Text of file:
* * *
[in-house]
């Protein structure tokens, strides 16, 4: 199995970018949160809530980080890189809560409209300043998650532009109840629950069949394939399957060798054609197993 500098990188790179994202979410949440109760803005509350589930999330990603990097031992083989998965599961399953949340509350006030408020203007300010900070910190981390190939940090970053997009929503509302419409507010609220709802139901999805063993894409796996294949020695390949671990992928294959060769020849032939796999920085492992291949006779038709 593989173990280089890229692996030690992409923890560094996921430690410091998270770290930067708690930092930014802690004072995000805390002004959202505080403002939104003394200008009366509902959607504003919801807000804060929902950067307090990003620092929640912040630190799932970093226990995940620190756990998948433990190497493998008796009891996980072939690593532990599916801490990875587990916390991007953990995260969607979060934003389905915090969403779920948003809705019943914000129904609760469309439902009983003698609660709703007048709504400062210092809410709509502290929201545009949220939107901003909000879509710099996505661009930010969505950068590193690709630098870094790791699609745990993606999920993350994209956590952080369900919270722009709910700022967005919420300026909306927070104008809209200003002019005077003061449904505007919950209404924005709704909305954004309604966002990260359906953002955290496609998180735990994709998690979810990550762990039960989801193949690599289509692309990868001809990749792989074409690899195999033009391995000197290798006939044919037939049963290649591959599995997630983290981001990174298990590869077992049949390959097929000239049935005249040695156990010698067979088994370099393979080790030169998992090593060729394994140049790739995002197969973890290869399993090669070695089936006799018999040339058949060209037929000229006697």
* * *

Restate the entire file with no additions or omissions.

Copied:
[in-house]
């Protein structure tokens, strides 16, 4: 199995970018949160809530980080890189809560409209300043998650532009109840629950069949394939399957060798054609197993 500098990188790179994202979410949440109760803005509350589930999330990603990097031992083989998965599961399953949340509350006030408020203007300010900070910190981390190939940090970053997009929503509302419409507010609220709802139901999805063993894409796996294949020695390949671990992928294959060769020849032939796999920085492992291949006779038709 593989173990280089890229692996030690992409923890560094996921430690410091998270770290930067708690930092930014802690004072995000805390002004959202505080403002939104003394200008009366509902959607504003919801807000804060929902950067307090990003620092929640912040630190799932970093226990995940620190756990998948433990190497493998008796009891996980072939690593532990599916801490990875587990916390991007953990995260969607979060934003389905915090969403779920948003809705019943914000129904609760469309439902009983003698609660709703007048709504400062210092809410709509502290929201545009949220939107901003909000879509710099996505661009930010969505950068590193690709630098870094790791699609745990993606999920993350994209956590952080369900919270722009709910700022967005919420300026909306927070104008809209200003002019005077003061449904505007919950209404924005709704909305954004309604966002990260359906953002955290496609998180735990994709998690979810990550762990039960989801193949690599289509692309990868001809990749792989074409690899195999033009391995000197290798006939044919037939049963290649591959599995997630983290981001990174298990590869077992049949390959097929000239049935005249040695156990010698067979088994370099393979080790030169998992090593060729394994140049790739995002197969973890290869399993090669070695089936006799018999040339058949060209037929000229006697």